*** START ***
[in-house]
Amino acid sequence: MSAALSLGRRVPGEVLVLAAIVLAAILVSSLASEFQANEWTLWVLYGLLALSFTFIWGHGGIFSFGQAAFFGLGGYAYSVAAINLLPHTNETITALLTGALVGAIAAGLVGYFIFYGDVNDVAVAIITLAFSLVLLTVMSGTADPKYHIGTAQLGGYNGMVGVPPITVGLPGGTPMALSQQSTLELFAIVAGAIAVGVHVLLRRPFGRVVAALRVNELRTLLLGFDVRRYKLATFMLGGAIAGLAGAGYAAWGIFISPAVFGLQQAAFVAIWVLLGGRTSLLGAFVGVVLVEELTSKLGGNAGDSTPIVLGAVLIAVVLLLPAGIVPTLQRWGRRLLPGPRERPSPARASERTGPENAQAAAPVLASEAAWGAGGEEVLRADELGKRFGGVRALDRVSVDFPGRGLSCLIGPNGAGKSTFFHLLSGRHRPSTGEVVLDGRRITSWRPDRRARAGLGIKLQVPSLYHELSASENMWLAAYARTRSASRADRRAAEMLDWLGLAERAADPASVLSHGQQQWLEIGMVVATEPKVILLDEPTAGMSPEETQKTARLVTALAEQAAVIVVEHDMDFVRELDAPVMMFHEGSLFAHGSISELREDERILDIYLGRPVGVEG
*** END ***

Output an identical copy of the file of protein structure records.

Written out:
[in-house]
Amino acid sequence: MSAALSLGRRVPGEVLVLAAIVLAAILVSSLASEFQANEWTLWVLYGLLALSFTFIWGHGGIFSFGQAAFFGLGGYAYSVAAINLLPHTNETITALLTGALVGAIAAGLVGYFIFYGDVNDVAVAIITLAFSLVLLTVMSGTADPKYHIGTAQLGGYNGMVGVPPITVGLPGGTPMALSQQSTLELFAIVAGAIAVGVHVLLRRPFGRVVAALRVNELRTLLLGFDVRRYKLATFMLGGAIAGLAGAGYAAWGIFISPAVFGLQQAAFVAIWVLLGGRTSLLGAFVGVVLVEELTSKLGGNAGDSTPIVLGAVLIAVVLLLPAGIVPTLQRWGRRLLPGPRERPSPARASERTGPENAQAAAPVLASEAAWGAGGEEVLRADELGKRFGGVRALDRVSVDFPGRGLSCLIGPNGAGKSTFFHLLSGRHRPSTGEVVLDGRRITSWRPDRRARAGLGIKLQVPSLYHELSASENMWLAAYARTRSASRADRRAAEMLDWLGLAERAADPASVLSHGQQQWLEIGMVVATEPKVILLDEPTAGMSPEETQKTARLVTALAEQAAVIVVEHDMDFVRELDAPVMMFHEGSLFAHGSISELREDERILDIYLGRPVGVEG